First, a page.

The Pierre Auger Observatory in Argentina finally has solid evidence that the most energetic particles in nature come from sources outside the Milky Way. Scientists have suspected this for decades, but weren’t able to confirm it—until now.
“For the first time, we have proof that the highest-energy cosmic rays are of extragalactic origin,” says Alan Watson, a UK astronomer and co-founder of the observatory. The result comes as a relief to the researchers, after previous claims regarding their origin made ten years ago by the Pierre Auger Collaboration subsequently turned out to be premature.
The international team analysed 12 years’ worth of data, and found that particles in the upper range of energies were more likely to come from a region of the sky outside the Milky Way’s disk. That asymmetry is roughly consistent with the distribution of neighbouring galaxies, the researchers report in the 22 September issue of Science.
The study does not pinpoint individual sources of the cosmic rays, or explain how they reach their highest energies. But the researchers hope that it is a first step towards understanding their origins.
Most cosmic rays are protons or other charged particles, including atomic nuclei as heavy as iron. When such a particle rains onto Earth's upper atmosphere and collides with an atomic nucleus in the air, it produces a shrapnel burst of subatomic particles. These hit other nuclei and produce more particles, generating an invisible ‘shower’ that is often spread over many square kilometres by the time it hits the ground.
To detect these showers, the Pierre Auger Observatory has 1,600 car-sized water tanks placed at 1.5 kilometre intervals, to cover 3,000 square kilometres of grassy plains in Argentina’s Mendoza province. Four sets of telescopes monitor the sky over the array, and—on moonless nights—can detect flashes of ultraviolet light generated by the showers. From its location relatively close to the equator, the array can pick up cosmic rays coming from the entire southern sky as well as from much of the northern sky, covering 85% of the celestial sphere.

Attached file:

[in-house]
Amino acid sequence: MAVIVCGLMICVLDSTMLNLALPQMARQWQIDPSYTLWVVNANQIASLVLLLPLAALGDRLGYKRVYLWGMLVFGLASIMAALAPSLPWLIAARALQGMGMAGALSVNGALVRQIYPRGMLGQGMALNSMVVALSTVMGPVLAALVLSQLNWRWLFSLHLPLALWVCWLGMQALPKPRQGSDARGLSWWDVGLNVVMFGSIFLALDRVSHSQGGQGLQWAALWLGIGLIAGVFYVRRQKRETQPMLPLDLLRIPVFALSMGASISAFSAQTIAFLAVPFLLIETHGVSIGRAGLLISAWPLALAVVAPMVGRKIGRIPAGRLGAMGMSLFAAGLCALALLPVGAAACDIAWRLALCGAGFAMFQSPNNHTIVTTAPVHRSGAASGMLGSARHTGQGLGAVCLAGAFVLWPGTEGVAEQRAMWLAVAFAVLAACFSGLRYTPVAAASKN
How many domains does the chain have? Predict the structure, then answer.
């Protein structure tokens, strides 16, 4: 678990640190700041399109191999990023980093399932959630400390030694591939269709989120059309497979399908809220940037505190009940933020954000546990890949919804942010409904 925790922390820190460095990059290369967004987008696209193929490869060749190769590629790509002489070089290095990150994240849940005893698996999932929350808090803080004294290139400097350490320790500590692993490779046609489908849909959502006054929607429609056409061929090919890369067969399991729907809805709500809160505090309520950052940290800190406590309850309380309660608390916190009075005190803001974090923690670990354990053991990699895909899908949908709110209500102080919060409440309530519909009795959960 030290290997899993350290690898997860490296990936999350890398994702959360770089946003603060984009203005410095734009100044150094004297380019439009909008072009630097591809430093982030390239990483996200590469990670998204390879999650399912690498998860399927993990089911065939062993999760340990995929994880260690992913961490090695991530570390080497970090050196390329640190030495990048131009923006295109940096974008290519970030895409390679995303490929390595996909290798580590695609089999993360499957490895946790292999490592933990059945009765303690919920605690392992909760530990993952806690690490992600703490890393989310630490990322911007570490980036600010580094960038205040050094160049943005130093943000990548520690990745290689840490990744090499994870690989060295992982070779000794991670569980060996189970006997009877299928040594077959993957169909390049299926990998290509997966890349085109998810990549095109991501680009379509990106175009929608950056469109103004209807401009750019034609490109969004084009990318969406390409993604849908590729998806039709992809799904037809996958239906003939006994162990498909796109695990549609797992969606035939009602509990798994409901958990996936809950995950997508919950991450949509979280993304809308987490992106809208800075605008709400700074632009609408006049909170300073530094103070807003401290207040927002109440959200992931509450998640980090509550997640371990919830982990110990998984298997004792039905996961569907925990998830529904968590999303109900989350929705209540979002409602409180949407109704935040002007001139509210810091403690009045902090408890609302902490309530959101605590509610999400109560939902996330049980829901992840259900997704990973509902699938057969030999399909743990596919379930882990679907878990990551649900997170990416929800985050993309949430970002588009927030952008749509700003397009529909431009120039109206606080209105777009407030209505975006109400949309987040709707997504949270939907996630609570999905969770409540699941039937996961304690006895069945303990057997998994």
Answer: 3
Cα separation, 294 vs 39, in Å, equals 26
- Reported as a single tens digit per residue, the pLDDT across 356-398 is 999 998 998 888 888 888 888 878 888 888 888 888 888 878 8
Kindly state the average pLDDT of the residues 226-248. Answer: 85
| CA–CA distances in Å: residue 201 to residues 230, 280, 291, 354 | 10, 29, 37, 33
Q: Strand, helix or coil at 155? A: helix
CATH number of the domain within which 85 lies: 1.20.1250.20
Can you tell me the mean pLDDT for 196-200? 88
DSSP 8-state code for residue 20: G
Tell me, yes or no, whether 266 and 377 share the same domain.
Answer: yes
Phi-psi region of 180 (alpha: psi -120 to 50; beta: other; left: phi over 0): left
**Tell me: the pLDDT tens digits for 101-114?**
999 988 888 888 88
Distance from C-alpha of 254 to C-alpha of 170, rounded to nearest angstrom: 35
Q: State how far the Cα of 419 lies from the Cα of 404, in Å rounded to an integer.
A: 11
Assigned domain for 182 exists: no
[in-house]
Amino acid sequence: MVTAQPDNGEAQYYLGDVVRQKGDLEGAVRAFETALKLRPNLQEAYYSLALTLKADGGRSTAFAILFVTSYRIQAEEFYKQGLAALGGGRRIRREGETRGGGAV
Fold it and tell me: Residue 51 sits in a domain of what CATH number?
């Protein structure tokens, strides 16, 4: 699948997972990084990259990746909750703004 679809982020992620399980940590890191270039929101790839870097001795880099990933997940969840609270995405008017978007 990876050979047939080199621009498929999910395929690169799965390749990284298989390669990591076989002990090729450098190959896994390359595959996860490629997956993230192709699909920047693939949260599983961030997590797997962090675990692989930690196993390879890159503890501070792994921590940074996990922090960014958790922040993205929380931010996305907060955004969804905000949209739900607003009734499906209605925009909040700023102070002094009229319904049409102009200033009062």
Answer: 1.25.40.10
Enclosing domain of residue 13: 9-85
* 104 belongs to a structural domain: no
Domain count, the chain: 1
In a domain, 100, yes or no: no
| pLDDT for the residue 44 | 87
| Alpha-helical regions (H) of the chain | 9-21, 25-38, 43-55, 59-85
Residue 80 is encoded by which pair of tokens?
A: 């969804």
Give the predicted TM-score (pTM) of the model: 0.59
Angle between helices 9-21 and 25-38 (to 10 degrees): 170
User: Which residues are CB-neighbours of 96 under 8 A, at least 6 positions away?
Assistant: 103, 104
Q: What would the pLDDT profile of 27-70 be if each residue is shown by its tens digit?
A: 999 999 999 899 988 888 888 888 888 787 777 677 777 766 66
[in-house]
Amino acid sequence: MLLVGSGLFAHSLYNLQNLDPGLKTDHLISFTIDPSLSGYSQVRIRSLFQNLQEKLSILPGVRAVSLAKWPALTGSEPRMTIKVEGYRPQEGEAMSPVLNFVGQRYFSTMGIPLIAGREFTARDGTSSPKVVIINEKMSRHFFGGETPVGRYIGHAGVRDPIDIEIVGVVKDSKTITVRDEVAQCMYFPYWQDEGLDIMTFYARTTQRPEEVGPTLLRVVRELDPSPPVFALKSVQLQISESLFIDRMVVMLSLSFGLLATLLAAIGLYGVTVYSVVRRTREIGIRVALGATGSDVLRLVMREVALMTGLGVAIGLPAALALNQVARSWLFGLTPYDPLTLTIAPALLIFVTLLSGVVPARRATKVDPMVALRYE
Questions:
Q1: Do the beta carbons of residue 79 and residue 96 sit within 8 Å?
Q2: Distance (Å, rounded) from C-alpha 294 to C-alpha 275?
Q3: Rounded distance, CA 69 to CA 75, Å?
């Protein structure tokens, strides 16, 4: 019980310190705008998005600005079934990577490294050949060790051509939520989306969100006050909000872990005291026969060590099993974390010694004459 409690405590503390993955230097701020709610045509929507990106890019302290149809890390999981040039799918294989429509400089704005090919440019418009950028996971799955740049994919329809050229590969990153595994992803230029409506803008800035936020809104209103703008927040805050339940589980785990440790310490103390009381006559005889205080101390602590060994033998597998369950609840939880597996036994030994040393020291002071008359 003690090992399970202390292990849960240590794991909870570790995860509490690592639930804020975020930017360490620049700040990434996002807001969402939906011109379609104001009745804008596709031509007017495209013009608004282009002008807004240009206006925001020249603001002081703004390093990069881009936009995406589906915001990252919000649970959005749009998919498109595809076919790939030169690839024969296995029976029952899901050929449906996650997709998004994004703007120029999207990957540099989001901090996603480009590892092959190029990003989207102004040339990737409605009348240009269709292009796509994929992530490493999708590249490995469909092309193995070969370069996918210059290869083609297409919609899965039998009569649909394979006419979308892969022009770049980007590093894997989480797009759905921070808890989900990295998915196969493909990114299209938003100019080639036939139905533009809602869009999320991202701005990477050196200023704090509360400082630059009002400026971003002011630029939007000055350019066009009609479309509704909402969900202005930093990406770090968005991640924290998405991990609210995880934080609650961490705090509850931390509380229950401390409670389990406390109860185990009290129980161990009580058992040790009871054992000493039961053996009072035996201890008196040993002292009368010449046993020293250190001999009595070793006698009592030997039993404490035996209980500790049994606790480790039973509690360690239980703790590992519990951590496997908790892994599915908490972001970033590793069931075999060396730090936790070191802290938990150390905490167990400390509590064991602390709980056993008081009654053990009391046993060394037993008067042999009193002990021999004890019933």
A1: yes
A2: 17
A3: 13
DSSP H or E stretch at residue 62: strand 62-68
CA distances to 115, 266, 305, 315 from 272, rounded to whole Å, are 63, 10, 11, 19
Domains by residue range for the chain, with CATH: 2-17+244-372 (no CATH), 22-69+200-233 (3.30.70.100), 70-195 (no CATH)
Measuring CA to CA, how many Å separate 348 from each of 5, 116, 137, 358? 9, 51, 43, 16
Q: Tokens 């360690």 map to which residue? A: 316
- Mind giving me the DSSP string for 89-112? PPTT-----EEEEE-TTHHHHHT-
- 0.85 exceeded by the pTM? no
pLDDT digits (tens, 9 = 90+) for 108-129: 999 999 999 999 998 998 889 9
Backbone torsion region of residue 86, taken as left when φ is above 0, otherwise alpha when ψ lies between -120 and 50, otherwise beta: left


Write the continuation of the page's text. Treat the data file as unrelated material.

The observatory needs to be that big in order to catch enough of the most sought-after particles. Cosmic rays have been detected with energies beyond 1020 electronvolts (eV); by comparison, the Large Hadron Collider near Geneva, Switzerland, the world's most powerful particle accelerator, pushes protons to just 7 × 1012 eV. However, cosmic rays become increasingly rare the higher their energies. A particle in the 1020 eV range, on average, hits a square kilometre of Earth only once per century.
The researchers looked at 32,187 particles that had energies above 8 × 1018 eV, detected by the observatory from its beginning in 2004 until 2016. The Galaxy's magnetic field bends the paths of charged particles, which can randomize their direction by the time they hit Earth. But these particles were still 6% more likely than average to come from a particular region of the sky, which is outside the Milky Way’s disk.
Most researchers expected a skew, but not such a strong one, says Piera Ghia, an astroparticle physicist at the CNRS Institute of Nuclear Physics in Orsay, France, who helped to coordinate the data analysis. Astrophysicist Francis Halzen of the University of Wisconsin–Madison agrees. “It’s really very big. To me, it was a surprise,” says Halzen, who is spokesperson for IceCube, a major neutrino observatory at the South Pole.
When magnetic deflection is taken into account, the asymmetry seen by the Pierre Auger Observatory is consistent with the distribution of galaxies lying within 90 megaparsecs (around 300 million light years) or so from the Milky Way, says Silvia Mollerach, an Auger astrophysicist at the Balseiro Institute in San Carlos de Bariloche, Argentina.
The results strongly disfavour the supermassive black hole at the centre of the Milky Way as a major source of the higher-energy particles. “The most likely sources continue to be the usual suspects,” Mollerach says: astrophysical phenomena that generate extremely intense magnetic fields, inside which charged particles can pinball around and gain energy. These include active galactic nuclei—supermassive black holes spewing jets of matter at near-light speed—and the stellar explosions called γ-ray bursts.
The latest claim is quite conservative compared to one that the collaboration made in 2007. Back then, it found a correlation between 27 extremely high-energy cosmic rays (above 57 × 1018 eV) it had seen up until that point and a set of known active galactic nuclei. The paper caused a sensation, but the statistical significance of the result was weak and soon melted away as the array collected more data. “In retrospect, it was a mistake that we published too early,” says Auger spokesperson Karl-Heinz Kampert, a physicist at the University of Wuppertal in Germany.
This time, the team took no chances: it accumulated much more data and is confident that the results are solid, Kampert says. Halzen agrees. “I don't think there is any doubt about the statistical significance” of the latest results, he says.
Now that the researchers have more data, they will again try to find correlations with potential sources. The results of that study should appear within a few months. The collaboration also plans to join forces with a smaller observatory in Utah, the Telescope Array, to try to map the origins of cosmic rays across the entire sky.
The Pierre Auger Observatory is also in the initial stages of a US$12-million upgrade that should enable it to better measure the relative abundance of protons and heavier nuclei in the flux of cosmic rays.
This article is reproduced with permission and was first published on September 21, 2017.